I Love You This Much
Published by Dora Okeyo at Smashwords
Copyright 2012 Dora Okeyo
Love is watching two people fall in love and become one. There was something dry and dusty about January. The wind blew all the time, and the dust rose with her as if performing a dance. It was beautiful to watch while seated in a café. It was painful to witness while walking along the streets of Nairobi. But, I made my stop as usual. I visited the Lounge and ordered a cup of House Coffee and a Croissant. They say work takes you places; mine had brought me to the Lounge. It was 10:00am and the Lounge was filling up. She came in vibrant and jumpy. She had short brown braids and a friendly smile. Her eyes were jet-black and I hated her earrings. They were some blue feathers that couldn’t stay in place. They kept changing course tempting me to ask, ‘hey, you bird! Keep your feathers in place before they dip into your coffee.’ She settled in the table before me and waited. Her face was as smooth as any that make-up could magnify. She had a blue wrist watch- Swatch- that I have come to love. Ten minutes later a man walked in and settled beside her. He was jumpy and vibrant as well. The two made a composed mess. I pulled out my notebook and before you know it- I was part of their story. I met Nancy and William that dusty morning. His features are still a mystery, but I’d be wrong to deny that he was indeed handsome. She had coffee and a piece of black forest cake. He had coffee and some chicken pie. They walked out of the café two hours later. They were holding hands- and I knew a story had just begun.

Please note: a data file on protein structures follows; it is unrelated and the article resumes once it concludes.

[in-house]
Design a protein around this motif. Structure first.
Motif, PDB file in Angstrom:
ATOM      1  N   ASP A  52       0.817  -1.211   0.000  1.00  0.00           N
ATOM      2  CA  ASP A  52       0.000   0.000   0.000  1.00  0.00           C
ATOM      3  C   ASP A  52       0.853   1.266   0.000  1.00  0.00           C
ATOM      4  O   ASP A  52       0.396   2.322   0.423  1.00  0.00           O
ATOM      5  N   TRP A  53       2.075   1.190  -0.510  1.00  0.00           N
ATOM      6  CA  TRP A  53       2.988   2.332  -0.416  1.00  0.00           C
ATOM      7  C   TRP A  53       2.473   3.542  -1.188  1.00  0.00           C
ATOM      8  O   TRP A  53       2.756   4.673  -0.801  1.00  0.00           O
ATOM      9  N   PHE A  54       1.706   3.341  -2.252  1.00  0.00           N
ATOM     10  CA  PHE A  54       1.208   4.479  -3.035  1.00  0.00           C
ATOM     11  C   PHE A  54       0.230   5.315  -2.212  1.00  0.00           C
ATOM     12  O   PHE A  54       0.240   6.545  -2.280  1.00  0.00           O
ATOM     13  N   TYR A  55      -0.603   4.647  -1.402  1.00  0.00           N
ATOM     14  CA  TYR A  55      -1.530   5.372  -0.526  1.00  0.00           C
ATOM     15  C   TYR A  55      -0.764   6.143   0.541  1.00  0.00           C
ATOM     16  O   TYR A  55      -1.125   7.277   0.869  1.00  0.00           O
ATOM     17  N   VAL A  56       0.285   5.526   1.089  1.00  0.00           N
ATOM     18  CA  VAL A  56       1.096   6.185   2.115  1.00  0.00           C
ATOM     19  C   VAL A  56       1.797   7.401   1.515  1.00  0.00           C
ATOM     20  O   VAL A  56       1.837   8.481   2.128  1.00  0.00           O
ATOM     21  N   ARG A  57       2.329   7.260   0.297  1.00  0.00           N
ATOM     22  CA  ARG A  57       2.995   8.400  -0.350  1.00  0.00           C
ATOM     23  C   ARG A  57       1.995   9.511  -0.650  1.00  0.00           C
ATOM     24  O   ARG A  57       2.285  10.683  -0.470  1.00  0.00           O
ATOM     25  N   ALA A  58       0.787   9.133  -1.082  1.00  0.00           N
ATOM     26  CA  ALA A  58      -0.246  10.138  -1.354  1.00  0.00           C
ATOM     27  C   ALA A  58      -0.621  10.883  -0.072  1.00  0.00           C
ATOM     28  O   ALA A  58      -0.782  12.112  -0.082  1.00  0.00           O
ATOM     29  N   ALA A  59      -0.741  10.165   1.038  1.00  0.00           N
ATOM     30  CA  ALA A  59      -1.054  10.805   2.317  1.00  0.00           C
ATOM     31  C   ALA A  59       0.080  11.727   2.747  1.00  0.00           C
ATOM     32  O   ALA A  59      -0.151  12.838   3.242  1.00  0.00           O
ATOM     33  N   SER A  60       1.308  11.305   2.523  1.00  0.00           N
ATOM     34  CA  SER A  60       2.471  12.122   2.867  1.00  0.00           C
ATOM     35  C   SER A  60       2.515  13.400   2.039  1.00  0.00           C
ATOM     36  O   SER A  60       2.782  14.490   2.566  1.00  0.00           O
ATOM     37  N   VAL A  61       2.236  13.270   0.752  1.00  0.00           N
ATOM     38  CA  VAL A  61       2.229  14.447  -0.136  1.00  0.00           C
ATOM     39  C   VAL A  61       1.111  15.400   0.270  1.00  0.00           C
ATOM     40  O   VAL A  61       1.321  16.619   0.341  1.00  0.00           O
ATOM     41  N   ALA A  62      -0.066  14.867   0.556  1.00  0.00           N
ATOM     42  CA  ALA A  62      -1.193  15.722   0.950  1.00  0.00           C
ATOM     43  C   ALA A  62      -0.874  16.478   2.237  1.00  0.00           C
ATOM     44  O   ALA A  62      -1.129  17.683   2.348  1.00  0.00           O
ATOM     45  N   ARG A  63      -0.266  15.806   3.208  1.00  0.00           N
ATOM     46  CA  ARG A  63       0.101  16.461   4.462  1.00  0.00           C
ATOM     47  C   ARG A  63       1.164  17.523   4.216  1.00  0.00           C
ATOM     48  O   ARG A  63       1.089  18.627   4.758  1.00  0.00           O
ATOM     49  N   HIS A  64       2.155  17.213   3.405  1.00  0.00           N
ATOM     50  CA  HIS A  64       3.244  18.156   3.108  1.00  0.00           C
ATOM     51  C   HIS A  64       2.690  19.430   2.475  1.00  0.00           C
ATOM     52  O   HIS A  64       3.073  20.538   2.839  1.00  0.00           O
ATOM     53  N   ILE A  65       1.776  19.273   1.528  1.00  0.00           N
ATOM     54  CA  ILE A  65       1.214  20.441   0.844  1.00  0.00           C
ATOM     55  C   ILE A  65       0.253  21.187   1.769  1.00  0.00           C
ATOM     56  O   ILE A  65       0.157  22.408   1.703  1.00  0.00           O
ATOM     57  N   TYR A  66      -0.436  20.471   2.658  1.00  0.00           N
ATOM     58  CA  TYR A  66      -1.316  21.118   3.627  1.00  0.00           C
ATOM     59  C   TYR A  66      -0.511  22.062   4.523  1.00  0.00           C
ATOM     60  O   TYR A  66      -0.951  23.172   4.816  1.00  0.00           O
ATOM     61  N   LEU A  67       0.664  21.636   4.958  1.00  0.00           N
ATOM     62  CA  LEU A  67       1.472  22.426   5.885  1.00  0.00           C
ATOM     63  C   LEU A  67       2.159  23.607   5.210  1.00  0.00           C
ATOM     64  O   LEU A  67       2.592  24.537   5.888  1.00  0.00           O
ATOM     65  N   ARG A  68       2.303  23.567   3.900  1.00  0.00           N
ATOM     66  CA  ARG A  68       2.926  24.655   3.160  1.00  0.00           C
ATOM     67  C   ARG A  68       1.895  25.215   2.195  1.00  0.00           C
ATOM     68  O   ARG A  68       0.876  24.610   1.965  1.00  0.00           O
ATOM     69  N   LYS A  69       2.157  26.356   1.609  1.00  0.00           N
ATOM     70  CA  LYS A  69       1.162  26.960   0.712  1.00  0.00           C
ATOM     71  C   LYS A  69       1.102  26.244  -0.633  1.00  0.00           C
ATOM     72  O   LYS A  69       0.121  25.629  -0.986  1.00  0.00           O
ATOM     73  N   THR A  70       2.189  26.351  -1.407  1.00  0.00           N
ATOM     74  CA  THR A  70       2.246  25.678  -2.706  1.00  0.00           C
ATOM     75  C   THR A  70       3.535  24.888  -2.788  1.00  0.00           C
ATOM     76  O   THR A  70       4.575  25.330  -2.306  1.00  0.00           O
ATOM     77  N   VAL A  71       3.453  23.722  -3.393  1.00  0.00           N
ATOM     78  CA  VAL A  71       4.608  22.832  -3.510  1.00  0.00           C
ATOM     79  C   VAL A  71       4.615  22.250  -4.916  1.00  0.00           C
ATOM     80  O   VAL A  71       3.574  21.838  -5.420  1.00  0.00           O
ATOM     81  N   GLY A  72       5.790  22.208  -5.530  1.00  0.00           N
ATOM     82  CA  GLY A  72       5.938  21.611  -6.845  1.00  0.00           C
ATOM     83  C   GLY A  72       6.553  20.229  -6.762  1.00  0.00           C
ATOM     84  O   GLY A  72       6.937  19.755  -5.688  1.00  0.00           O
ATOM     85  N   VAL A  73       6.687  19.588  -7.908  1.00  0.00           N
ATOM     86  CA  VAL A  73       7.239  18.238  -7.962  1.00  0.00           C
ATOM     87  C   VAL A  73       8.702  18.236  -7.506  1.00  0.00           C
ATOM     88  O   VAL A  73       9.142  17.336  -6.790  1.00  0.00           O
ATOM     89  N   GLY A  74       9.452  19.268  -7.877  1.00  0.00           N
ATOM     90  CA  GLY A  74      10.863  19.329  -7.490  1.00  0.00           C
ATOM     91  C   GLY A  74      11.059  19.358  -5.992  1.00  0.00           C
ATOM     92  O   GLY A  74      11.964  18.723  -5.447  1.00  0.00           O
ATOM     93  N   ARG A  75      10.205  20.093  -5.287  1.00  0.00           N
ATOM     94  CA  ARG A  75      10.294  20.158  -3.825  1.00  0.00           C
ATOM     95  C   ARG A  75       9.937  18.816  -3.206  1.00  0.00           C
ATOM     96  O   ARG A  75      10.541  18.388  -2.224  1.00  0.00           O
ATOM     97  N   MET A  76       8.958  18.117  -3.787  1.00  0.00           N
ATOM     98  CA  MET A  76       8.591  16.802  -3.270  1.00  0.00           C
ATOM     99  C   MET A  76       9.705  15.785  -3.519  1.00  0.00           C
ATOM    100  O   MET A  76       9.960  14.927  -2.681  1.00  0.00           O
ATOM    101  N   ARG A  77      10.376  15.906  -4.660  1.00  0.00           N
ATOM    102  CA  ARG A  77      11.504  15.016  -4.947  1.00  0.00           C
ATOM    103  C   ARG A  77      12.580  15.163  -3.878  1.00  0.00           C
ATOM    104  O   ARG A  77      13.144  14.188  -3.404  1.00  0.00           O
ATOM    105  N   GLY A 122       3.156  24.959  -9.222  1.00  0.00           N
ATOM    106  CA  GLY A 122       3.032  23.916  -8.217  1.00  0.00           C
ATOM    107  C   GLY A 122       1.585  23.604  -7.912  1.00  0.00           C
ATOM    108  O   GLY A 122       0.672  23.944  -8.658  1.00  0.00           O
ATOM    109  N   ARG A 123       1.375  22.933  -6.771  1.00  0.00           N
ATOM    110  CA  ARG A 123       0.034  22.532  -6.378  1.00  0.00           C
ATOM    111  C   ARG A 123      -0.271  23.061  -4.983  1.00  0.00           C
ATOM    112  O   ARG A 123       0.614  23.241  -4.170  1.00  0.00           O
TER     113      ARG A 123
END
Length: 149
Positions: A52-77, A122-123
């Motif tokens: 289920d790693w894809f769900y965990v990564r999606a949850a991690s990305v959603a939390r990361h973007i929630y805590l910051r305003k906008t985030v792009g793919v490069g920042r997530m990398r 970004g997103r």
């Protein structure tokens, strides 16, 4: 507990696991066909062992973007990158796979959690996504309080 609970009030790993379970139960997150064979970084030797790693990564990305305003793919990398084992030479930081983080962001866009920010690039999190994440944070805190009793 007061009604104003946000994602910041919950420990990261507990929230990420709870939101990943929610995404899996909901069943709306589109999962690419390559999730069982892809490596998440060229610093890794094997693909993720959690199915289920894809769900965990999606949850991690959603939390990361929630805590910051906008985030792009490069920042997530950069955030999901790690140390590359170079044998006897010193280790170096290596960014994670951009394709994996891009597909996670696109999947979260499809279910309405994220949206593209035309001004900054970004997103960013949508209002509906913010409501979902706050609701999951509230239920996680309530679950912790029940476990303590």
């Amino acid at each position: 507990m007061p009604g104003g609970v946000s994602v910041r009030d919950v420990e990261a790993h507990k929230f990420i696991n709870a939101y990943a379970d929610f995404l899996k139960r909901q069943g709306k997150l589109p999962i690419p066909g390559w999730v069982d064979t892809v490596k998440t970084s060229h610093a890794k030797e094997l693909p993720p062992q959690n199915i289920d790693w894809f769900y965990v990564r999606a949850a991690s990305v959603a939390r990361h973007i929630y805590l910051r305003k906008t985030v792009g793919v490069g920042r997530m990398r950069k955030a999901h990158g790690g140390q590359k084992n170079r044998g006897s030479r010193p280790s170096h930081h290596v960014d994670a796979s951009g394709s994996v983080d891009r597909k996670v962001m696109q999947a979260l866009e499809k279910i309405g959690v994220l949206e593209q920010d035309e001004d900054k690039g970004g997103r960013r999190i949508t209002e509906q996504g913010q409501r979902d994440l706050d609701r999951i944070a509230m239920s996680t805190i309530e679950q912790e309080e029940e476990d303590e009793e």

People love those they can, but hate those they don’t understand. I love people because of this. No one understands that any emotion, however raw it may be has to be nurtured. And the easiest to please is love, yet it is the hardest to nurture. This was the second time that our meeting was important. I was eager to see their love grow, but I met Nancy. She was in tears. It was Valentines Day and William had stood her up. I took the seat next to her and said, ‘Valentines Day sucks!’ She looked at me confused and stricken. I smiled and introduced myself then said, “my boyfriend stood me up, bet he’s gone to watch a game or something, but I’d rather have some fun in town today and not let it get to me, besides I will run into him sometime and if he’s worth keeping, I will, if not he’s already been dumped.” She laughed. She had this uncontrolled laugh that made everyone at the restaurant look at us. I smiled at the thought of it and joined in the laughter. We ordered a plate of fries and two pieces of chicken then started eating. Nancy was an only child. She was working as a secretary at some consultant’s firm in Westlands. They pay was not perfect, but she loved her job. She’d met William there. He had come to make some inquiries following a recruitment drive his organization was keen on. She’d been taken in by his deep voice and sexy smile. She loved the way his eyes glowed when he smiled. When he asked her out three weeks later, she agreed. William was charming and caring. He loved the movies she watched, and even found it daunting to wait for her as she made her hair. I watched her face light up as she talked about him. She twirled her braids around her fingers and smiled. It was love in the spring. She said very little about herself. She had hoped to meet him at the restaurant. He said he had work and would try and make it to dinner, but she just wanted to see him. She couldn’t blame him; Valentines Day was on a Tuesday. “If you ask me Tuesday is Monday’s sister.” I listened to her mellow voice as she talked about the man who stood her up. Not once did I pull out my notebook, for it felt real listening to her. Seeing her and seeing how she had love written all over her face. We talked about food and fashion. She said she was trying to lose weight around her waist. There was this flab that she hated. She had done so many sit-ups her back ached. She wanted a quick solution and all I could think of was walking. “Why would I walk to lose weight around my waist?” I smiled and said “walking is therapeutic.” She looked through me and the walls started building around her. I am weird, I’d admit, but I couldn’t let her go. So I quickly said, “walking is the easiest and cheapest form of exercise you can engage in, I mean, why use the elevator when you can walk up the stairs- besides men love to watch a lady’s hips as she moves, or at least that’s what I’ve heard.”